For example, every winter equinox, the Incas sacrificed a black llama (a rare species and therefore revered even more) at the Festival of the Sun or Inti Raymi.

The llama was also represented in Inca ceramics and textiles. Even some Inca buildings show figures of llamas on their walls (such as on the immense platforms of the Inca city of Choquequirao).

The llama was also considered one of the constellations in the Inca milky way. During the Inca Empire, these were constantly used to transport products from one city to another. In the Inca Empire, their presence was of great importance and necessity.

Today the flame continues to be widely used by Andean man. Its wool is used for the manufacture of clothing. Your skin to make leather. In some towns it is still used for transporting goods.

Andenes de llamas en Choquequirao
Llamas platforms in Choquequirao

The dog

During the Inca period, the dog (Allqu) was considered of great importance as a companion (pet) as well as its relationship with the gods. The dog was believed to be a guide of souls in trance to the world of the dead.

Because of this, not only in the Inca Empire, but also in several cultures of ancient Peru (such as the Mochicas), the dog was buried alongside its (elite) owners in the famous royal burials. The most famous example is the burial of the Lord of Sipán (Mochica burial discovered in 1987).

In the Inca era, and in ancient Peru, there were various native dog breeds. Perhaps one of the best known is the ‘Viringo’, also called ‘perro calato’ or ‘peruvian dog’. Its presence dates back up to four thousand years, in the Caral culture, the oldest in America (3 thousand – 1,800 BC).

So, for thousands of years ago, the dog was loved and respected as a companion animal. Also for its usefulness in herding llamas. There are many burials of great people from ancient Peru with their dogs.

Today the dog continues to play an important role in Andean communities. He is loved and useful in daily tasks. There are even breeds from ancient Peru such as the ‘calato dog’, present for more than three thousand years ago.

The bear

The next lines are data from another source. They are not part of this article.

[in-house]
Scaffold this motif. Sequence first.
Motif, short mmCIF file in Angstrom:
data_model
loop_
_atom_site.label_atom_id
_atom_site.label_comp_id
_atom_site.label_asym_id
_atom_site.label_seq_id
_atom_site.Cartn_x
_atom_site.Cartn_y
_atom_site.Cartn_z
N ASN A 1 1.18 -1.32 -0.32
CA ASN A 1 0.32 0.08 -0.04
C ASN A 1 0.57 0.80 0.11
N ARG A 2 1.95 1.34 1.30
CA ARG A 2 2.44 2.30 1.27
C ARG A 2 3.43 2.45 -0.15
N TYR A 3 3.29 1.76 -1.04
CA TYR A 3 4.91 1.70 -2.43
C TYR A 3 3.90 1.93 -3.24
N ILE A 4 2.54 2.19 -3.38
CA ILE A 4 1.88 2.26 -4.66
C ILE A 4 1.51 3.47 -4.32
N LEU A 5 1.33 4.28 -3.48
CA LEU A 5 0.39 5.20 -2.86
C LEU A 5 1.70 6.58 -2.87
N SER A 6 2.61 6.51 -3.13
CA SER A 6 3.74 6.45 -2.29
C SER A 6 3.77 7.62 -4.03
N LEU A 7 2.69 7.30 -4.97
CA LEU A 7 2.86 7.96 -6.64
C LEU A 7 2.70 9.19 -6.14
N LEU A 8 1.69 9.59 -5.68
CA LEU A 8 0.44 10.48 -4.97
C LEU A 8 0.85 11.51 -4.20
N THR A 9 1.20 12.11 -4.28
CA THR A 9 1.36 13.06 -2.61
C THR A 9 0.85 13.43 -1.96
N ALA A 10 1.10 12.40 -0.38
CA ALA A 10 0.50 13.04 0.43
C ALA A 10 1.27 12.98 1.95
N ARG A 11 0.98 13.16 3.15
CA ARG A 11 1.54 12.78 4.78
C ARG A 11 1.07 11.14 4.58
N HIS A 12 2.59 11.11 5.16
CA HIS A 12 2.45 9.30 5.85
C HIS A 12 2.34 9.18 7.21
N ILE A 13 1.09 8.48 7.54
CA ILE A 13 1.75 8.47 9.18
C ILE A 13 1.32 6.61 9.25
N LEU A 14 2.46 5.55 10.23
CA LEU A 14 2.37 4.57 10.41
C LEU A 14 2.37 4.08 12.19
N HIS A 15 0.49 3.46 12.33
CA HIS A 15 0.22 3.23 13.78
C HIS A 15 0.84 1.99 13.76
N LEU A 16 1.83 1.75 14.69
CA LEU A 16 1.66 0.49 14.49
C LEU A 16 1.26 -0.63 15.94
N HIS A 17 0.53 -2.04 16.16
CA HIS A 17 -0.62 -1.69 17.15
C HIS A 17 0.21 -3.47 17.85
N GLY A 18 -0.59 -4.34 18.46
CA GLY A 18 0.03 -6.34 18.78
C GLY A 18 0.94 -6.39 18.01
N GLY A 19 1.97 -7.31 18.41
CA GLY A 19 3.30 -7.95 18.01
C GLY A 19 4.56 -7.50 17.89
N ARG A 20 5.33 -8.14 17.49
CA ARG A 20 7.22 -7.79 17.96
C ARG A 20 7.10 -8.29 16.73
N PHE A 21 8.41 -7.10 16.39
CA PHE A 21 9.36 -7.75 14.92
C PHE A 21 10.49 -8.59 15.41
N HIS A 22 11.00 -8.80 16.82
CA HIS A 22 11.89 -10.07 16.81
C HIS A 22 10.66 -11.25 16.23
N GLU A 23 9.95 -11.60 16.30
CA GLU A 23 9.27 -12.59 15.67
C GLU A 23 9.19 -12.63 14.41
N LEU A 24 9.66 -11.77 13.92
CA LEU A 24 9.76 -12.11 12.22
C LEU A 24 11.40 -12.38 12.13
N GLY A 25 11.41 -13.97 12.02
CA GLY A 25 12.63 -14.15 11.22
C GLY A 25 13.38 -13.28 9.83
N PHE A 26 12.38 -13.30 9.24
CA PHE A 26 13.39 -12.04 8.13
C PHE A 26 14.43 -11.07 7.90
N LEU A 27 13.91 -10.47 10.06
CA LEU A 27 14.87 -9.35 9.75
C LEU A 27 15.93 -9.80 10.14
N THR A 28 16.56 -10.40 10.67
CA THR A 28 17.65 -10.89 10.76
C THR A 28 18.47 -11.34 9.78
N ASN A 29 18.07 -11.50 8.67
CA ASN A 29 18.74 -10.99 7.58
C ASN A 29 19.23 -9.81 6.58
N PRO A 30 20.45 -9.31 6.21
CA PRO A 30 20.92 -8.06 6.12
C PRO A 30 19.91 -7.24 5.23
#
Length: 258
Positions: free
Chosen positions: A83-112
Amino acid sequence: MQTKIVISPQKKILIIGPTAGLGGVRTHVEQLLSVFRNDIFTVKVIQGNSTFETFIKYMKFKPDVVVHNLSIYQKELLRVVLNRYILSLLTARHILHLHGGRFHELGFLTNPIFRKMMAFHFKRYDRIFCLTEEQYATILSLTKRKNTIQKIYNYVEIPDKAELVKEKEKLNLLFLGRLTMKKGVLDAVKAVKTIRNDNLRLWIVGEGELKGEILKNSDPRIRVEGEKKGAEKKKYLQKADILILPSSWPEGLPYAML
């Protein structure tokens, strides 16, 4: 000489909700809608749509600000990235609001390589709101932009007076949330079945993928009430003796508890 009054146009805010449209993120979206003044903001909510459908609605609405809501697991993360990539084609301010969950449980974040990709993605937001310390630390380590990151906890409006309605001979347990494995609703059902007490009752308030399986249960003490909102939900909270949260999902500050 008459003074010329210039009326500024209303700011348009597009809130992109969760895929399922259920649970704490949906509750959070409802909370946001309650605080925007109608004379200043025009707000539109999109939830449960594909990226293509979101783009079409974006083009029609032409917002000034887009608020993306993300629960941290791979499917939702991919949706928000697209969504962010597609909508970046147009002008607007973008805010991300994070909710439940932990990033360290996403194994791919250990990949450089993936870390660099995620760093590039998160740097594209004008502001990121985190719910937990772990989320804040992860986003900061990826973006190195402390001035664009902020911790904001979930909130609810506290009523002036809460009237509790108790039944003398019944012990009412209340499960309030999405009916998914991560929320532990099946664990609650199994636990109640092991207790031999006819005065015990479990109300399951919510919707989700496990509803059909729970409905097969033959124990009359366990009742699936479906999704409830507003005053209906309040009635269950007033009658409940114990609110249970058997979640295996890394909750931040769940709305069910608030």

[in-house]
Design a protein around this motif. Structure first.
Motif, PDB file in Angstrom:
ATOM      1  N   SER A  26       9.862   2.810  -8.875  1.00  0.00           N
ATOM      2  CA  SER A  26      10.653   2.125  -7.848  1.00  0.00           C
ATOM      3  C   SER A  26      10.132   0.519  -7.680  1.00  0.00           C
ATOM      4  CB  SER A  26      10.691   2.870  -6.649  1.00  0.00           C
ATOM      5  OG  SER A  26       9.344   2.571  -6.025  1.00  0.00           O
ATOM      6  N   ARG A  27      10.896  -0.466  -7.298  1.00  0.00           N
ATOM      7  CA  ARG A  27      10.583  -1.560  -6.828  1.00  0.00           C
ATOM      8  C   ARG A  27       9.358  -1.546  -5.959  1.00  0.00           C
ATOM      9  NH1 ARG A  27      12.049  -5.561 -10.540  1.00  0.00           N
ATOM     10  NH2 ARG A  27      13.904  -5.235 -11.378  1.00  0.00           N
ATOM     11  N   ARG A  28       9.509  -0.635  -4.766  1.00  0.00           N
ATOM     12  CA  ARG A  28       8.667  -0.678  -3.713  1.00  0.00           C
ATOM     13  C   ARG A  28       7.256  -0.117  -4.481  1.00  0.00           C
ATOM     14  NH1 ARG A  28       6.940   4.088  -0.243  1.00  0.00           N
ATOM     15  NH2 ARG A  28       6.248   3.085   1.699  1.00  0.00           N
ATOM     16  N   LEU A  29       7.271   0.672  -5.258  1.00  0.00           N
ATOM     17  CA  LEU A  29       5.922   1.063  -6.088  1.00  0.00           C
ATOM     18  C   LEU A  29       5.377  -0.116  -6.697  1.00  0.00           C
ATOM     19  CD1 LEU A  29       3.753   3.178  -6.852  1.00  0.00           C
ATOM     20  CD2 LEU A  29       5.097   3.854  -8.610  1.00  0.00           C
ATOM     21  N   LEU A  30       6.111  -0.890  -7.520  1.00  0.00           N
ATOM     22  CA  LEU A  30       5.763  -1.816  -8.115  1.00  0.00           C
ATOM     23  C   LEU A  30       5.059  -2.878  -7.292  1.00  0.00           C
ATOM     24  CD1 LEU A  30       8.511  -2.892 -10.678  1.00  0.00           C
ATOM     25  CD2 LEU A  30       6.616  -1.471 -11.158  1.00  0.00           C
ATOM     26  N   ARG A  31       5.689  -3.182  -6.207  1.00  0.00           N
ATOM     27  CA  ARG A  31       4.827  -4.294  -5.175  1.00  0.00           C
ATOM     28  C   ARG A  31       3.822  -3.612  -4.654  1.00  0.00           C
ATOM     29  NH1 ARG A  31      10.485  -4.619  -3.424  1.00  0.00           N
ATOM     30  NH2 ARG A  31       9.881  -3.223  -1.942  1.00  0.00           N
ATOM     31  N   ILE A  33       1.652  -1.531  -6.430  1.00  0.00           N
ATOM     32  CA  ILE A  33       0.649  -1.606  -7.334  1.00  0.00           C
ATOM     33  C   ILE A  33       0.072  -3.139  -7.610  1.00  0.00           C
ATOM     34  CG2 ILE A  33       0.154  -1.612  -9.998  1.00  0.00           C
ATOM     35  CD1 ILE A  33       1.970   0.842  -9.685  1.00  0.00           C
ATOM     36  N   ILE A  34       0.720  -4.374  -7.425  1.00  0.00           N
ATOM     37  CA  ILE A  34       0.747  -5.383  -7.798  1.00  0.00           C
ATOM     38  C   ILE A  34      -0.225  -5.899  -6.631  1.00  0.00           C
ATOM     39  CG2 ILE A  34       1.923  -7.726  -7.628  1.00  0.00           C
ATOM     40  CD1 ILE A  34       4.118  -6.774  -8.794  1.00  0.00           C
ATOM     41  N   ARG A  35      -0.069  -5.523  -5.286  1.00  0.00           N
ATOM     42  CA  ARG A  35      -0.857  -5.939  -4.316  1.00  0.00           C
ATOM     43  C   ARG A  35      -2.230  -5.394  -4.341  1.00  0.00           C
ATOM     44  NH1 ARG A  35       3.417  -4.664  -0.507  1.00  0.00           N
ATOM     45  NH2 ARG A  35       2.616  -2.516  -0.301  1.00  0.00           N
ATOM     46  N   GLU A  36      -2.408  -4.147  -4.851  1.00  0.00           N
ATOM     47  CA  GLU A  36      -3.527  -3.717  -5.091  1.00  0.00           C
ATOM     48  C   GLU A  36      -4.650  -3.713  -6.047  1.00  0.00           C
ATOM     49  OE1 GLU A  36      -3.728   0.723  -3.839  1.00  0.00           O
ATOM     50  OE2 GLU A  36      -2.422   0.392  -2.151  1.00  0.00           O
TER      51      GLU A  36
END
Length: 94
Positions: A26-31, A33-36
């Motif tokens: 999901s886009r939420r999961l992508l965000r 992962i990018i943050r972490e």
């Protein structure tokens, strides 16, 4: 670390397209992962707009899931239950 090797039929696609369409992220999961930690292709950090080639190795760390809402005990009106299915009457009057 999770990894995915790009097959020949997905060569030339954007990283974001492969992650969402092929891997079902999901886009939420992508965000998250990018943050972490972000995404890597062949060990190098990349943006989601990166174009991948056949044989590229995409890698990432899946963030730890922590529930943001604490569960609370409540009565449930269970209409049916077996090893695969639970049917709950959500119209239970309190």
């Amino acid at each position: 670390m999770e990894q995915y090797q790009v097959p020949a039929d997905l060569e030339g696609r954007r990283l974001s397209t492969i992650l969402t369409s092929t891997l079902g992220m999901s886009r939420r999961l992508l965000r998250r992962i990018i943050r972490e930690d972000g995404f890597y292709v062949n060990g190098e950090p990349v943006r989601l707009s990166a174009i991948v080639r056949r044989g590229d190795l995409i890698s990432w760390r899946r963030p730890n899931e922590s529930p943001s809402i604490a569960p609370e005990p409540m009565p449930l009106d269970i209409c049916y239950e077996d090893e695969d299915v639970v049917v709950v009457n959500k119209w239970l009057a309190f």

The bear, called ‘ukumari’, in the Quechua language, was a highly respected animal in the Inca worldview. They believed that it had a connection with the moon goddess (killa) and water (yaku). In addition, it was believed that the bear protected the forests, spaces where man had to maintain a natural balance.

Of course, the bear of the Incas was the spectacled bear, the only species of bear in South America, which can reach two meters in height and weigh up to 175 kilos.

Because of this, the Incas admired and respected the bear’s strength and wisdom, as well as its ability to take care of its territory. The bear is not an aggressive animal if it is not disturbed or invades its territory.

That is why the Incas did not make a poaching house for the spectacled bear. These animals only lost a large number of their species starting in the 19th and 20th centuries, when man invaded their territory to build homes and colonize the jungle.

Today the spectacled bear is a vulnerable species. The Andean man values ​​it but, unfortunately, hunts it out of fear and for the value of its fur as leather.

El oso de anteojos
The spectacled bear

The fox

The Andean fox was respected by the Incas for its skill, intelligence and agility. Although it was not included in the pantheon of sacred animals (Inca trilogy of the puma, the condor and the snake), the fox was considered a protector of the ayllu (community), even as a link of communication between the earthly world (Kay pacha). and the world of the gods (Hanan pacha).

The fox, in Quechua, the language of the Incas, was called ‘Atuq’. It was represented in ceramics and textiles both in the Inca era and by many pre-Inca cultures (such as in the famous Moche ceramics).

However, the fox was also linked to the underworld. Its presence was believed to attract evil spirits. This may be related to their cunning in hunting animals valued by the Incas, such as the llama.

Today in the Andean world the fox is considered an animal of respect. It is present in many legends and myths of ancient Peru and in various Andean communities. For the shepherd it is a dangerous animal that harms livestock. However, his presence continues to command respect.